Early Education in Whipsnade
School elevation [AD3865/48]
Volume 81 published by Bedfordshire Historical Records Society (2002) is a series of episcopal visitations undertaken in the first twenty years of the 18th century, edited by former County Archivist Patricia Bell. At each visitation a list of questions was sent out in advance, one of which enquired about the provision of schools in each parish. In 1709 the rector commented: "No public or charity Schole". In 1717 the rector stated: "Schools Not any" and in 1720: "No Charity School".
In 1818 a Select Committee was established to enquire into educational provision for the poor. This was no doubt prompted, in part, by the recent foundation of two societies promoting education and specifically the building of schools. The Society for Promoting the Lancasterian System for the Education of the Poor was established in 1808 promoting schools run along the lines pioneered by Joseph Lancaster, who had himself copied those of Dr. Andrew Bell, in which older children taught their younger fellows. The Society was renamed the British and Foreign School Society in 1814. It was supported by a number of prominent nonconformists, Lancaster himself was a Quaker, and sought to teach a non-sectarian curriculum. In answer to this perceived nonconformist takeover of local education the National Society was firmed in 1811 to encourage the teaching of poor children along Anglican lines, including the catechism. The Select Committee sent a questionnaire to all parishes in the country asking for: particulars relating to endowments for the education of children; other educational institutions; observations of parish needs etc. The return from Whipsnade stated that there was no educational endowment or school in the parish and that: "The poor are desirous of the means of education".
In the country generally the number of schools built continued to grow over the next fifteen years so that by 1833 the government agreed to supplement the work of the two societies, and local benefactors, by making £20,000 per annum available in grants to help build schools. It also prompted another questionnaire to be sent to each parish in England asking for details of local educational provision. The return for Whipsnade noted: "One Sunday School, in which 15 males and 20 females are gratuitously instructed". In those days a Sunday School was just that, a school which met on a Sunday, usually in the church or nonconformist chapel or other similar building, teaching more than the religious topics with which they are associated today.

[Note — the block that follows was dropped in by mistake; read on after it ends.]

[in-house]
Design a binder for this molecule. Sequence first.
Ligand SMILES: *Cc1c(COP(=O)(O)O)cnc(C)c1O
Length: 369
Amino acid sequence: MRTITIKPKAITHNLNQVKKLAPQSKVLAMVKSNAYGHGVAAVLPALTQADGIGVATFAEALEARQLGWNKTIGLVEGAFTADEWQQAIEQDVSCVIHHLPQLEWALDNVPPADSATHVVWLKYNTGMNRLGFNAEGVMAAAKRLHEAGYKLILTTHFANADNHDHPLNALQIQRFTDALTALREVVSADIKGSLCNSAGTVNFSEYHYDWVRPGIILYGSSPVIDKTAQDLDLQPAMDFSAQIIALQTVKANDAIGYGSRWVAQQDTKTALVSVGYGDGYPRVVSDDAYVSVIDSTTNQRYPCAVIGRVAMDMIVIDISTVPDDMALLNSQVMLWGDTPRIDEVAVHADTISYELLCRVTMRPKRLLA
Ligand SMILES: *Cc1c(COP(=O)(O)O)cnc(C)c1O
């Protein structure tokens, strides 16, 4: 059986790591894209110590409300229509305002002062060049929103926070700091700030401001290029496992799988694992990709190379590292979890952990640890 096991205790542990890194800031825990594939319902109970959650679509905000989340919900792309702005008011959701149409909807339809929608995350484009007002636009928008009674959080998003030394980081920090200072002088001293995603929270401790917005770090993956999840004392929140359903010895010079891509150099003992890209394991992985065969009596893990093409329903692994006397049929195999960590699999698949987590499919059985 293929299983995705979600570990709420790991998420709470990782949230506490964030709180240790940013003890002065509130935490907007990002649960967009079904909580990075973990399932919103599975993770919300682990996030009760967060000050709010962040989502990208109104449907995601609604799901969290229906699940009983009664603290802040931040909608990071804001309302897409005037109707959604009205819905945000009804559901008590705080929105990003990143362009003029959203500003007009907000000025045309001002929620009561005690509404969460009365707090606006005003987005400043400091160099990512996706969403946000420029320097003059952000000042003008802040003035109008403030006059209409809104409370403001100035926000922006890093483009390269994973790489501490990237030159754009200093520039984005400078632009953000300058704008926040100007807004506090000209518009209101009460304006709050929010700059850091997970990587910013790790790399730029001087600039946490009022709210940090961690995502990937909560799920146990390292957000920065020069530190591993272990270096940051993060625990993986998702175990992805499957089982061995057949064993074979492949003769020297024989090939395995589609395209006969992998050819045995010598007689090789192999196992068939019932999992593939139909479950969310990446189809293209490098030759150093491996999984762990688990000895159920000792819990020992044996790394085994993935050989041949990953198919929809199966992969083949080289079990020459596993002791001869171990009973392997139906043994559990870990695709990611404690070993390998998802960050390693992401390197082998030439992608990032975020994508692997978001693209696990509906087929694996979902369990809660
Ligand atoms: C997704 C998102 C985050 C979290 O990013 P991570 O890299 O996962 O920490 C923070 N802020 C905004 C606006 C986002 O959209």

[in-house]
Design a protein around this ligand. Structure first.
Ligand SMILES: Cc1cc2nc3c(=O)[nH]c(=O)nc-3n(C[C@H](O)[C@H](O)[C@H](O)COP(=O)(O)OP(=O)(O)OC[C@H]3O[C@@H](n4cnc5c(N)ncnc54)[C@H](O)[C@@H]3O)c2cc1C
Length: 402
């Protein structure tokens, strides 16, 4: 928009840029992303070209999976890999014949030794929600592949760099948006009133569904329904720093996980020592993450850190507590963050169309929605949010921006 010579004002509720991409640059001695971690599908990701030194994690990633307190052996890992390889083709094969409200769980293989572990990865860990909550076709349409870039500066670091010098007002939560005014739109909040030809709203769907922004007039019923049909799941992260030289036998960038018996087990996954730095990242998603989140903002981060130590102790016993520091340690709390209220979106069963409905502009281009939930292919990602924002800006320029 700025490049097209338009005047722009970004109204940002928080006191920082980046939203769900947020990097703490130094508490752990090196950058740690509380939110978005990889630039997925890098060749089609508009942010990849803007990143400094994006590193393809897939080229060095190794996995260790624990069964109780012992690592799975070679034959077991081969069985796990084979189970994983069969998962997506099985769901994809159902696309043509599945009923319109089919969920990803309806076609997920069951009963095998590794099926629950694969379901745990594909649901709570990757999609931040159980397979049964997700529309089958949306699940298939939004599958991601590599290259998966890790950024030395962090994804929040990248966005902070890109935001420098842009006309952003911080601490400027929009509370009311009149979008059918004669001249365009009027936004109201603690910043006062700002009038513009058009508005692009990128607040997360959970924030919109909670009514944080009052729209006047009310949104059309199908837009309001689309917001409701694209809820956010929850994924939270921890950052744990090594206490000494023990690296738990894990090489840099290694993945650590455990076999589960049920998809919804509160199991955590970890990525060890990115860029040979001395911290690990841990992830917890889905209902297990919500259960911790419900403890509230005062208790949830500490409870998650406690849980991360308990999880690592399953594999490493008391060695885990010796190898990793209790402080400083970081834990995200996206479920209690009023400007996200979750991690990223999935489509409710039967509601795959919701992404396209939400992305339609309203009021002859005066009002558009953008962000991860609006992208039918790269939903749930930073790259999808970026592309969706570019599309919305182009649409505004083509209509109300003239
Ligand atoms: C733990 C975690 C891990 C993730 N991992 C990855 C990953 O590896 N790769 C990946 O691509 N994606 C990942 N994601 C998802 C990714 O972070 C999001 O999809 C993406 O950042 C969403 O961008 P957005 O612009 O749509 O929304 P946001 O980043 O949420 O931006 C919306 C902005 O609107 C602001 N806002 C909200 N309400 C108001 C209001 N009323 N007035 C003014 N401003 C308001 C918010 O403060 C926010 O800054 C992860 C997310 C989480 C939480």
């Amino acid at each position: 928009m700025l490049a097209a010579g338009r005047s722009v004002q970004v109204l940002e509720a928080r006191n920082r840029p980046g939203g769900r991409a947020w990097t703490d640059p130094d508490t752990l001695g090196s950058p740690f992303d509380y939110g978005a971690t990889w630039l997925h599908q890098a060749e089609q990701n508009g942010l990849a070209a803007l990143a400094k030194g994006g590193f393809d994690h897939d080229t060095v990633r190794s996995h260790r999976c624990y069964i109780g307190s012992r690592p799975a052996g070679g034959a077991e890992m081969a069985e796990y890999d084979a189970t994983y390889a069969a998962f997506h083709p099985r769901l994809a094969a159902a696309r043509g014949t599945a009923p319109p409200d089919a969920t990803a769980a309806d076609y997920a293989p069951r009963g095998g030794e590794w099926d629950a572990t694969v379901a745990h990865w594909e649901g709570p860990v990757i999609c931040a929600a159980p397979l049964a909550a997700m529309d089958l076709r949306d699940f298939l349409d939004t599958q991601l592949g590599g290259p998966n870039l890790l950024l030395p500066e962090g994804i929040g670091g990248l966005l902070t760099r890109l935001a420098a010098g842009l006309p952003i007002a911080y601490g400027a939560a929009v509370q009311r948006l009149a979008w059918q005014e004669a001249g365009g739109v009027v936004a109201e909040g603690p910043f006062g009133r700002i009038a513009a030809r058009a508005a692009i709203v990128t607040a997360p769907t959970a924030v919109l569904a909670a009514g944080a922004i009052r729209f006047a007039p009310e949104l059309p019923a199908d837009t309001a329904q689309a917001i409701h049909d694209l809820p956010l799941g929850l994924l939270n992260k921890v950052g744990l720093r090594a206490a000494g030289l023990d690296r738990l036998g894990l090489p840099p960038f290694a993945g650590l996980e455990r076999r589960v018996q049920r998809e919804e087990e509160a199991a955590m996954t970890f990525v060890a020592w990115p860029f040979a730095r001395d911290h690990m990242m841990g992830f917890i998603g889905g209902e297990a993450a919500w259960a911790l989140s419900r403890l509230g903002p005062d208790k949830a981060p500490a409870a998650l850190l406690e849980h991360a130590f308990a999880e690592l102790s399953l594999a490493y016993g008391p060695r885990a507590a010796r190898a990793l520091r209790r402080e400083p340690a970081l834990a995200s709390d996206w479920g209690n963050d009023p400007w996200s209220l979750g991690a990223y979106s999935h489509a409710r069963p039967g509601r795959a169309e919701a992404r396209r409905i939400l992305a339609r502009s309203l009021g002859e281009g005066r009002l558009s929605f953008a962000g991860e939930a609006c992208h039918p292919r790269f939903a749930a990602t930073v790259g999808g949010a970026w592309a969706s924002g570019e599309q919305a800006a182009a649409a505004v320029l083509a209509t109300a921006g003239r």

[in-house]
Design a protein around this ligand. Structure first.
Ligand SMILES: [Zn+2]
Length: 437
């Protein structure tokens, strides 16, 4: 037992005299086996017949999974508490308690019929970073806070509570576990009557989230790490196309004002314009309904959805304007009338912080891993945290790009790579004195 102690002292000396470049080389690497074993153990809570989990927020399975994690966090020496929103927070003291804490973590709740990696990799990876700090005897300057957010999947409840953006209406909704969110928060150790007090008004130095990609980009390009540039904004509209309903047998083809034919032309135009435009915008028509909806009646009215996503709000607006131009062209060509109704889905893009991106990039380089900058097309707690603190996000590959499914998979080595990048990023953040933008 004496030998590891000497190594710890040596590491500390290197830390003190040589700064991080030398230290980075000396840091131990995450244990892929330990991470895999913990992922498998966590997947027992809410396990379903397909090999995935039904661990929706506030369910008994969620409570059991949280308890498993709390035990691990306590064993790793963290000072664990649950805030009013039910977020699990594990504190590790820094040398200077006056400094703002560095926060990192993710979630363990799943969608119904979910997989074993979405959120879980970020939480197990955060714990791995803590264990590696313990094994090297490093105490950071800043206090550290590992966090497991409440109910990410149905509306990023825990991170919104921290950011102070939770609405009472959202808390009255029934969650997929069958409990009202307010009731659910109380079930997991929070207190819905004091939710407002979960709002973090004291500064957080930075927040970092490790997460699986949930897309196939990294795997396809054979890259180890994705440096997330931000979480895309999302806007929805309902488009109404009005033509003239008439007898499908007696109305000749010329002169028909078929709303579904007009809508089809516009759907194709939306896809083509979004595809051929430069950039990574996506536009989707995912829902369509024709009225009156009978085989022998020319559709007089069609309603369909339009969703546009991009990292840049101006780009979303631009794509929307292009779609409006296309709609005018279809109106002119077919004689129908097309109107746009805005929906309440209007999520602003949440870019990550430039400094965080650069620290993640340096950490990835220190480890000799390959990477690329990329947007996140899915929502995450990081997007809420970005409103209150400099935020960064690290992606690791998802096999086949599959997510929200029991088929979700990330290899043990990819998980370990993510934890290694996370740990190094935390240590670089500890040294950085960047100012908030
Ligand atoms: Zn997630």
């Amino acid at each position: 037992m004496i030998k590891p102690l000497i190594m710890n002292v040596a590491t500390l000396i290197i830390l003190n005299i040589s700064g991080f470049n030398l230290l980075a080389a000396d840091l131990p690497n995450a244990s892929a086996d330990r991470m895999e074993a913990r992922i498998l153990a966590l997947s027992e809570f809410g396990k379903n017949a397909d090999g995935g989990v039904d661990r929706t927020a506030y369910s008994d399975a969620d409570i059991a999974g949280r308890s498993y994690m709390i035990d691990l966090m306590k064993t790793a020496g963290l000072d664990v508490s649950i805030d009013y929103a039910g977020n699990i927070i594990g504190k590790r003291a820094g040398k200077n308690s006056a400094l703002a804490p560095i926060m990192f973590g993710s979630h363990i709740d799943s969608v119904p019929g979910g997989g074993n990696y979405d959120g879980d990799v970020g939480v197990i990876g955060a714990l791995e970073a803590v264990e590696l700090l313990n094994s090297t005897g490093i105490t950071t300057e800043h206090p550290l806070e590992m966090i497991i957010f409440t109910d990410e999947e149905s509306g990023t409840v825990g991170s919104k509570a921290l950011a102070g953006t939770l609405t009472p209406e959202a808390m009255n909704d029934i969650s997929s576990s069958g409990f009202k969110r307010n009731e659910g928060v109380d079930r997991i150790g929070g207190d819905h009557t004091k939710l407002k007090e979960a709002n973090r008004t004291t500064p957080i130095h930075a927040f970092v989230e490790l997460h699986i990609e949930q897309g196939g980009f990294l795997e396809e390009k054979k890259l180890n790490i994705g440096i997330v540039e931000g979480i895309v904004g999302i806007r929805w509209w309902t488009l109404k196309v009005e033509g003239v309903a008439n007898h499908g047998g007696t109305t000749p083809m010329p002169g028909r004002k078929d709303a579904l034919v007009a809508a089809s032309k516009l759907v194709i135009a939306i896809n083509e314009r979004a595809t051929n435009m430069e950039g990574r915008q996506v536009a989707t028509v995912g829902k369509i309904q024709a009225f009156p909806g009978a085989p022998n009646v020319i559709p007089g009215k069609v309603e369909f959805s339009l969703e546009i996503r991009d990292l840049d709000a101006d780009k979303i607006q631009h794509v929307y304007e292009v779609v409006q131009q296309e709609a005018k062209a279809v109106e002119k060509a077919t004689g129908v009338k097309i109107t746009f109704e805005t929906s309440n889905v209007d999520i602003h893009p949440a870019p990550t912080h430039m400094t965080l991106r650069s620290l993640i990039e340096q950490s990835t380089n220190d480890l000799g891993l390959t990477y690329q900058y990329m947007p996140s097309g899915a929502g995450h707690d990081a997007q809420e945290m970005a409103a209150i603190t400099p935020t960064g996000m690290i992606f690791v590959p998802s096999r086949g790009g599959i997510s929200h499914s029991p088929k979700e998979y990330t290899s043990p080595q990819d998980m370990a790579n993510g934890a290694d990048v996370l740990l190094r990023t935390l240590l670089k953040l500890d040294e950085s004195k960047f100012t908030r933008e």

The next national enquiry was in 1846/7 when the Church of England made an enquiry as to all its church schools. This was against the background of a new Whig government which championed secular education and the increasing importance of nonconformists, particularly Wesleyan Methodist, and Roman Catholics in providing schools. Whipsnade stated: "There is a Sunday school held in this parish, but no particulars have been received". Interestingly a directory of 1869 reports on Whipsnade: "The smallness of the population, and the early period of life at which the children begin to be employed by their parents in the straw plait business preclude the establishment of a day school".
On 4th September 1847 an article on the church by WA appeared in the Northampton Mercury. He wrote articles on most of the churches in Bedfordshire for the paper in the years either side of 1850. His real name was John Martin and he was librarian at Woburn Abbey, hence the initials. Finding little in the church he filled up space by writing on the village in general, noting: "There is no school; it is melancholy to reflect on the neglect in this respect, which prevails too generally in this county. We are well aware of the opposition to the promotion of education by those whose means and situation ought the render them happy and willing assistants in so good a cause - but we fear in this county, whatever may be the cause in others, there is a class above the labouring, who sadly stand in need of the schoolmaster. Until this generation of ignorance has passed away or become wiser, the epiphet applied at educational meetings of "Poor Bedfordshire", will still be deserved".
The first Education Act was passed in 1870 (more correctly it was known as the Elementary Education Act). It was a milestone in the provision of education in Britain demonstrating central government's unequivocal support for education of all classes across the country. It also sought to secularise education by allowing the creation of School Boards. These were groups of representatives, elected by the local ratepayers and the Board had the powers to raise funds to form a local rate to support local education, build and run schools, pay the fees of the poorest children, make local school attendance compulsory between the ages of 5 and 13 and could even support local church schools, though in practice they replaced them, turning them into Board run schools (known as Board Schools). Naturally, and luckily for local historians, the Act required a questionnaire of local schools in 1870 though, sadly, no return from Whipsnade is extant if, indeed, one was made. The act, however, prompted the Rector of Whipsnade to put plans in motion which resulted in the opening of Whipsnade School in 1872.